Even after your design rights expire, the commercial success of your registered design can help increase the value for your brand. This is likely because consumers would still retain brand loyalty and will always associate the design with your business. 

What about Shape Trade Marks vs Designs?

You may have noted above that a trade mark can be filed for a shape, which sounds very similar to a design. A shape trade mark is a trade mark that consists of a three-dimensional shape. While there’s certainly some similarity between the two, here are some key distinctions between shape trade marks and designs: 

  • A shape trade mark distinguishes the shape of your goods from those of your competitors, whereas design rights protect the overall ‘visual appearance’ of your goods;  
  • A trade marks can already be in use in the marketplace before registration, whereas designs must be new and distinctive;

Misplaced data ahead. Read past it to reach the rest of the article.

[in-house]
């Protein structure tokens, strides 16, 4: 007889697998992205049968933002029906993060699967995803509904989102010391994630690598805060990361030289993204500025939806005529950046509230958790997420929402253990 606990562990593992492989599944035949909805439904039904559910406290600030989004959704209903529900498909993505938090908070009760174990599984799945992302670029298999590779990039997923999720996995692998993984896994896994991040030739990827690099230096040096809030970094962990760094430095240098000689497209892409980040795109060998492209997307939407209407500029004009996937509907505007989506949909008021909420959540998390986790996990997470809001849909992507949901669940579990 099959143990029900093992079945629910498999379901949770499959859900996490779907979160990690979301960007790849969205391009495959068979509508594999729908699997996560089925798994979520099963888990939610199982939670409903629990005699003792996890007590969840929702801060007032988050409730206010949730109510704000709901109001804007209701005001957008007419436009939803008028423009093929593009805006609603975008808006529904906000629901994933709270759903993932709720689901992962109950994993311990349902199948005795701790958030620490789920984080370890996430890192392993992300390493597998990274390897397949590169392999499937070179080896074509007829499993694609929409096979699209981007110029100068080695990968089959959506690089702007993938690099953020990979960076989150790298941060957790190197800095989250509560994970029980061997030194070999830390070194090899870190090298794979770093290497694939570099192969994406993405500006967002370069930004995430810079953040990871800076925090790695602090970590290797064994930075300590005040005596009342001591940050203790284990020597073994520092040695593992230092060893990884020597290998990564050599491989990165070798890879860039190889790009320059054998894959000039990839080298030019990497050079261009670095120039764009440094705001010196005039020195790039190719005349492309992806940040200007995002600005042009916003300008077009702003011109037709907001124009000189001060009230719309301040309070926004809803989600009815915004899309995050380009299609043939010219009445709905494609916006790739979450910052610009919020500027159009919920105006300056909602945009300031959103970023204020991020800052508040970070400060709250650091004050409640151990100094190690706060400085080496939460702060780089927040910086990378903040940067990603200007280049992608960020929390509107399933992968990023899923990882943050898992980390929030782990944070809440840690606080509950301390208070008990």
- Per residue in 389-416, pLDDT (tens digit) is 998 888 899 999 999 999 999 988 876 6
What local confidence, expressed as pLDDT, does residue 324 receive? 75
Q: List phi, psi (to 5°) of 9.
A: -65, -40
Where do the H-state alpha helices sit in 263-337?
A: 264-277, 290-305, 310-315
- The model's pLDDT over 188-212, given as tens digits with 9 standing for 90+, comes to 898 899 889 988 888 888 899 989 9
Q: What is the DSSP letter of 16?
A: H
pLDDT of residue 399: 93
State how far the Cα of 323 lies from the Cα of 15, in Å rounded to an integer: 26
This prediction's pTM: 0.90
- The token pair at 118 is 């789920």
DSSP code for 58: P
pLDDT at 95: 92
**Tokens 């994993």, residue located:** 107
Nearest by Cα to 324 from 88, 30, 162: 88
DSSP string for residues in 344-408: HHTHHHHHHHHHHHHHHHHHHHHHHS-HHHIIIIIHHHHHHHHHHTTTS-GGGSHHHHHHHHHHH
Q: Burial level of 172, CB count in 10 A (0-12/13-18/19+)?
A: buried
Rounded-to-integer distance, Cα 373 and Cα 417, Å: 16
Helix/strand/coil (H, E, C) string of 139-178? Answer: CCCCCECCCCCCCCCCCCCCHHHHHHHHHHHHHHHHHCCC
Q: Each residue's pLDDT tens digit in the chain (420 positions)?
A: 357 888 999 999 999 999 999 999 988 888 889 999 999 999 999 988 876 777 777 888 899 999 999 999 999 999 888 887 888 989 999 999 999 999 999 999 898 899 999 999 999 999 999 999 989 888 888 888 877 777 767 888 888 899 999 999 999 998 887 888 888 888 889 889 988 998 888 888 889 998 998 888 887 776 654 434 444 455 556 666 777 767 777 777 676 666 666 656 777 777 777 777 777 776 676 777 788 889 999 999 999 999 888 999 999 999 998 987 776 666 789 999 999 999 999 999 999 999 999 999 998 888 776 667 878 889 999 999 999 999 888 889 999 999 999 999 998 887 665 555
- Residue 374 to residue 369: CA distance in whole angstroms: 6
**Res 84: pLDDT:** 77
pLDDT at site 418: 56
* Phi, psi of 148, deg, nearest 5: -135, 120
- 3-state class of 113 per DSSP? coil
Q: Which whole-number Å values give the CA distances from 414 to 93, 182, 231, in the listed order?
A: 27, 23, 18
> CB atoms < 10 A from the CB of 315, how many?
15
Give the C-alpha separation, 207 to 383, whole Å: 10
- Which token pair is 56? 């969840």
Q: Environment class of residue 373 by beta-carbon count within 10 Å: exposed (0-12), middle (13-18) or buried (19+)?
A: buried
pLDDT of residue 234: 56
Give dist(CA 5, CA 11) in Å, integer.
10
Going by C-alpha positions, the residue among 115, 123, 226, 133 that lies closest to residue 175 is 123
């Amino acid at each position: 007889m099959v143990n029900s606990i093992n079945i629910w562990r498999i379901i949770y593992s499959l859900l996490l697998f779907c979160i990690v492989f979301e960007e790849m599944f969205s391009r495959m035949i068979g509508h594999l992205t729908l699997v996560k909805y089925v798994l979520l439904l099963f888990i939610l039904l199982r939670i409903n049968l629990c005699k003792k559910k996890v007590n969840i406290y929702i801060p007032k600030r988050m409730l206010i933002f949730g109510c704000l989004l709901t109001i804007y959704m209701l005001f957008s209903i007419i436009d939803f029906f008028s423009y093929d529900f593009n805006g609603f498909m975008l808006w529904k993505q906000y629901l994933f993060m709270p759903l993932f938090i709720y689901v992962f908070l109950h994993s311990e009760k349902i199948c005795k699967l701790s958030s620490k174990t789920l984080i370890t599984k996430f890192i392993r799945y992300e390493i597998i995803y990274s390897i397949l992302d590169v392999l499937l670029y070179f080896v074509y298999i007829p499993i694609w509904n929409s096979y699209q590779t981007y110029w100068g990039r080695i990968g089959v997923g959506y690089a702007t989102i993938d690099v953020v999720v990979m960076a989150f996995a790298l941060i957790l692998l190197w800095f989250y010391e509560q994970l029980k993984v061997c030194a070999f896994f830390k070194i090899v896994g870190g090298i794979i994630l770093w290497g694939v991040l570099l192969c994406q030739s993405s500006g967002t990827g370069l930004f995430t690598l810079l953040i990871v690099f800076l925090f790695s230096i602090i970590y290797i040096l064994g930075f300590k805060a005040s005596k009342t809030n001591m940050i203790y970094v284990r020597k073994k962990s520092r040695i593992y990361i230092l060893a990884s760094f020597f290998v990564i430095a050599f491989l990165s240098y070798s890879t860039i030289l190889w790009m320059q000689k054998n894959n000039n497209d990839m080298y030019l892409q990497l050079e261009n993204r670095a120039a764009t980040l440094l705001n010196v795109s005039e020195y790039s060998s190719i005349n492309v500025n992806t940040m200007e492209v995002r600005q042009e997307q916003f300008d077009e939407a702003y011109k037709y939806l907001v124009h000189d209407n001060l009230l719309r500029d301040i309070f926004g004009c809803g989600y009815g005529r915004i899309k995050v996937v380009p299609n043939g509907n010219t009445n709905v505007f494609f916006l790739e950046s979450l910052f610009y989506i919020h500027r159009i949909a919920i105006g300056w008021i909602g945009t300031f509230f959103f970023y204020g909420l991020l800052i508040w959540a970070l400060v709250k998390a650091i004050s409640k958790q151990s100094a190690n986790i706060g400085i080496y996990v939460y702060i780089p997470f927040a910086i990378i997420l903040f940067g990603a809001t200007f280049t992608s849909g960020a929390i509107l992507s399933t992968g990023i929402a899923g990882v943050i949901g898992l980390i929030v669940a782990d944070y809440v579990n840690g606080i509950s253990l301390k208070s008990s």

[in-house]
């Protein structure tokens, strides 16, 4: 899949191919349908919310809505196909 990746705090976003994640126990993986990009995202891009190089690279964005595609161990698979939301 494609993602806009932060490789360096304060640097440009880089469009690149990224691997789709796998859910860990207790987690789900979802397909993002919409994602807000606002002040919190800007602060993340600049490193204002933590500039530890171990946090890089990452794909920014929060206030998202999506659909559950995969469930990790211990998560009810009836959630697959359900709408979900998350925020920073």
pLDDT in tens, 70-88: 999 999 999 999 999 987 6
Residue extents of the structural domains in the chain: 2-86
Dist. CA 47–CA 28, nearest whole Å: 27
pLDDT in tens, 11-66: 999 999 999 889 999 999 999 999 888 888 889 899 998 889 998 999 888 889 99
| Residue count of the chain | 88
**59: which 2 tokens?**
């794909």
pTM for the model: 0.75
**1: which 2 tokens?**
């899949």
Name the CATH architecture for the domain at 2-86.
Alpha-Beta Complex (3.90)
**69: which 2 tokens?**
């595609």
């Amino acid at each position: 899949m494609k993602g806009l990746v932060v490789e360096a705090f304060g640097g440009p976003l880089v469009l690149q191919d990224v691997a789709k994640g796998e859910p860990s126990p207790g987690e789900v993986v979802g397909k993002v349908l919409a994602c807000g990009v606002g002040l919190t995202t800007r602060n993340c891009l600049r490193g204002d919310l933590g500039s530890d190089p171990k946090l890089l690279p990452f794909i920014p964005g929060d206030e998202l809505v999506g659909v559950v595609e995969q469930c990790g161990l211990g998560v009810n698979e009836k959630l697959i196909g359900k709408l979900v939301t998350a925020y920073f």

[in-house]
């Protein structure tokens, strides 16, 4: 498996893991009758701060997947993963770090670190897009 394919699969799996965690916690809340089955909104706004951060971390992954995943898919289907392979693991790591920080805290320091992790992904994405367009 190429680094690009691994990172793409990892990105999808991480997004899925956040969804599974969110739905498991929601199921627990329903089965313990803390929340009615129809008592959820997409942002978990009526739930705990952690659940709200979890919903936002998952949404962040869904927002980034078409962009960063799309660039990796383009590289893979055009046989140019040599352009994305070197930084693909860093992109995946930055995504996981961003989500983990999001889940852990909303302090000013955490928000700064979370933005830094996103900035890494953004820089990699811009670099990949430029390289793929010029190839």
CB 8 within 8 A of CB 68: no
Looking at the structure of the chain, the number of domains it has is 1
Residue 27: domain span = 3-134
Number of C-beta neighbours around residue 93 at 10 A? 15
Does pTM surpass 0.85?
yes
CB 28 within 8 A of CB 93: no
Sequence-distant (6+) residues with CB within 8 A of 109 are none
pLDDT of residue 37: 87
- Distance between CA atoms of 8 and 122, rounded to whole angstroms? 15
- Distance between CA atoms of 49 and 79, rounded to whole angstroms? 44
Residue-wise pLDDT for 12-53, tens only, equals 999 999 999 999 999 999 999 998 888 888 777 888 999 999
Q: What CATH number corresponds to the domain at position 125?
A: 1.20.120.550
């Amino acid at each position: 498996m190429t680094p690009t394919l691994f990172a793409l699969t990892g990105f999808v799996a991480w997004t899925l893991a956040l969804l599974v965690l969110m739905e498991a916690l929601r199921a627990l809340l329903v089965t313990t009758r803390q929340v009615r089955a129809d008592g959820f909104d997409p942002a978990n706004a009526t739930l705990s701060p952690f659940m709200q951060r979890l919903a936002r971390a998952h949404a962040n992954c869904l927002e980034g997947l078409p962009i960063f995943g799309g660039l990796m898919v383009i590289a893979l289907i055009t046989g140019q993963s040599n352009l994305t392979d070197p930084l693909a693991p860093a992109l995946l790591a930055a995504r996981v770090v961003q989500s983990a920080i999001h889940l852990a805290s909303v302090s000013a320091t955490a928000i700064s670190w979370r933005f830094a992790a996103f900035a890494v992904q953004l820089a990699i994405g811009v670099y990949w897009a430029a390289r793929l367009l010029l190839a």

• Shapes that are functional are difficult to protect with a trade mark, and can instead be protected with design rights, as long as it’s not considered commonplace or similar to other published designs;  
  • Trade marks can be registered indefinitely, whereas design rights can only last for a maximum of 10 years. 

Can I Register a Trademark and a Design for the same product?

Yes, you can! A trademark can supplement the protection provided by a registered design, and vice versa, subject to your product being eligible for both intellectual property rights. 

Key Takeaways

You might want to incorporate both design rights and trade marks as part of your IP strategy, depending on the nature of your goods.  

If the way your new and innovative product looks is what sets it apart from those of other traders, then a design may give you the intellectual property protection you need. You should consider design protection before disclosing your design to the public.  

Unlike design rights, a trade mark can already exist in the marketplace and be renewed indefinitely. 

Our team of lawyers, attorneys and specialists can provide you with tailored advice on the type of intellectual property protection you need and can help you get started to obtain this protection.  

For more information or to talk to one of our team members, contact us now for a complimentary phone call with one of our experts.